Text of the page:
Last year, the Daily Meal ranked Columbia’s dining halls third-best in the nation. If you’re wondering why we didn’t come in first, well, you’re probably the only one. Regardless, the truth is that the food only tells part of the story. So, we have endeavored to unravel the ever-vibrant social fabric of each of our hallowed dining halls. If you’re a first-year with a ridiculously large meal plan (which you definitely are if you’re choosing to read my monumental column on dining halls), check out these tips and useful information on making friends while eating at Columbia.
Ferris Booth Commons:
Pristine, modern, and sophisticated, Ferris is the queen of the dining halls. She scoffs at John Jay’s lack of personalized pasta and wrap stations. Ferris compensates for its lack of variety with very high quality meals—a day without cilantro at Ferris is a rare day, indeed. Cilantro is fancy as fuck.
People who go to Ferris are those who appreciate consistency. If you seek a friend/lover who will come back to you for the same old tricks time and time again, make your way to Lerner. There’s no flakiness in a Ferris-goer. It also just so happens that the more cultured members of our community are Ferris-leaning. People who make references to Nietzsche and Freud in your Lit Hum class are probably at Ferris right now ordering olives on their “dash of pesto” pasta. Whether these folks are your type or not is, of course, up in the air. Just know you can find them at one of the coveted balcony tables.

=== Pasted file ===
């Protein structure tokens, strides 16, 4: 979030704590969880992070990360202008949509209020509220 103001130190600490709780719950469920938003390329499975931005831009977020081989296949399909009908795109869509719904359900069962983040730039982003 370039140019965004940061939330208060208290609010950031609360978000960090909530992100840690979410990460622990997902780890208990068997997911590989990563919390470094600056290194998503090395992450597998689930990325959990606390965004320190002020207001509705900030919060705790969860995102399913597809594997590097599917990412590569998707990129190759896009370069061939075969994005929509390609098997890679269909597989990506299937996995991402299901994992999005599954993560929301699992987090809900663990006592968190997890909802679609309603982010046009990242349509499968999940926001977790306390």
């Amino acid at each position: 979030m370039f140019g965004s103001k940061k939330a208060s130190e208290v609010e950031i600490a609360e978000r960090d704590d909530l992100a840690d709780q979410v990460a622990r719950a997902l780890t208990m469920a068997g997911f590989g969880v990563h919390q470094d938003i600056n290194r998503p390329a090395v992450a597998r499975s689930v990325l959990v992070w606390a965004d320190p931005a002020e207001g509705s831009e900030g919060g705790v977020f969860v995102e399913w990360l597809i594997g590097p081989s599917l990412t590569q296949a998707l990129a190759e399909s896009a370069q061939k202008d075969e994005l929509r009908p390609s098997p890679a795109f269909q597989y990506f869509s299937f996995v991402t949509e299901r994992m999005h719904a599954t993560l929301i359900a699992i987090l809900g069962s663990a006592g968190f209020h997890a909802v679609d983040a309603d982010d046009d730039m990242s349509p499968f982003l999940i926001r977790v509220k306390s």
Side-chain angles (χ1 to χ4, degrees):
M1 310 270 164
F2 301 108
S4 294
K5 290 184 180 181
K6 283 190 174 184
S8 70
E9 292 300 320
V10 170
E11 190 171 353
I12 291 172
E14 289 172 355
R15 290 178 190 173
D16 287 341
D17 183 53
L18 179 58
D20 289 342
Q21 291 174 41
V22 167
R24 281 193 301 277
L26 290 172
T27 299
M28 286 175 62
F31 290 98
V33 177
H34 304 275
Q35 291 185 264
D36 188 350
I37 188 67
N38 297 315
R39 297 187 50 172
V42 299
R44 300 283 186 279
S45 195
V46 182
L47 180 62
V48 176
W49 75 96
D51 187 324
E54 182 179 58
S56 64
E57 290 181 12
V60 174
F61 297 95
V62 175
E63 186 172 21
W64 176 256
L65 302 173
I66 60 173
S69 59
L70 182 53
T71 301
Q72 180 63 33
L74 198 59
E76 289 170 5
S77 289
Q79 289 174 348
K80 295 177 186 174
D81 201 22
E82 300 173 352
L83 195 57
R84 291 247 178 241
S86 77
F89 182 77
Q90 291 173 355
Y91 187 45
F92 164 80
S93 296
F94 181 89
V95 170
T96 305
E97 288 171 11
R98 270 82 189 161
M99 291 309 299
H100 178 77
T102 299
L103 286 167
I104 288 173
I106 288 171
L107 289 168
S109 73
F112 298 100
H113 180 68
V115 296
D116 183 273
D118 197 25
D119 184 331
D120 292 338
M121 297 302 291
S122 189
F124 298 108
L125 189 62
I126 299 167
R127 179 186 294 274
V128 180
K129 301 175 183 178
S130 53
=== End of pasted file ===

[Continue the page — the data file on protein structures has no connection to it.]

Hospitable, classic, and enormous, John Jay rules over all other dining halls in both age and history. Its chestnut decor and academic seats create an aura of importance. It’s the quintessential Ivy League dining hall—people from all around the world come to get a taste. Taste in the sense of experience, and not actual food, that is.
The Jay dwellers are a very distinct type. They are kind and warm, and appreciate an irreverent twist every now and then. They live less in the moment and more in the big picture, constantly appreciating life for its endless opportunities. If you’re looking for a more abstract thinker in a companion, definitely check out John Jay; it’s an infectious environment that focuses less on practicality (i.e., the quality of food), and more on aesthetic.
Comforting, delicious, and funky, JJ’s Place may be the most bizarre place on campus. Students walk down a flight of stairs to enter a cavern of colorful mood lighting and R&B. Around the corner is a grill that produces the least healthy, but most incredible-tasting food you have had in years—we’re talking mozzarella sticks that bring to mind the county fair back in whatever irrelevant town you’re from.
Yes, it’s true that JJ’s is dominated by athletes looking to get the full bang for their buck with four omelets and seven burgers. That said, who doesn’t like someone who can down more food than you? It’s an impressive (perhaps even sexy?) feat in and of itself. Aside from this stereotypical demographic, though, JJ’s also attracts hilarious, late-Thursday-night drunkards, as well as those who dig the weird amount of board games that the cafeteria has to offer. Did I play Jenga here during NSOP? Absolutely. Does that mean I’m a loser? Absolutely not! With that in mind, you’re going to find the most eclectic group at JJ’s: People discussing quarterbacks dine next to people discussing java, and for that, I think it’s fair to say that JJ’s is the best place to find a friend. Bonus points if you make a friend on a Thursday night, because we all know that’s prime time for the sad drunks who like to wallow in their chicken wings post-raging.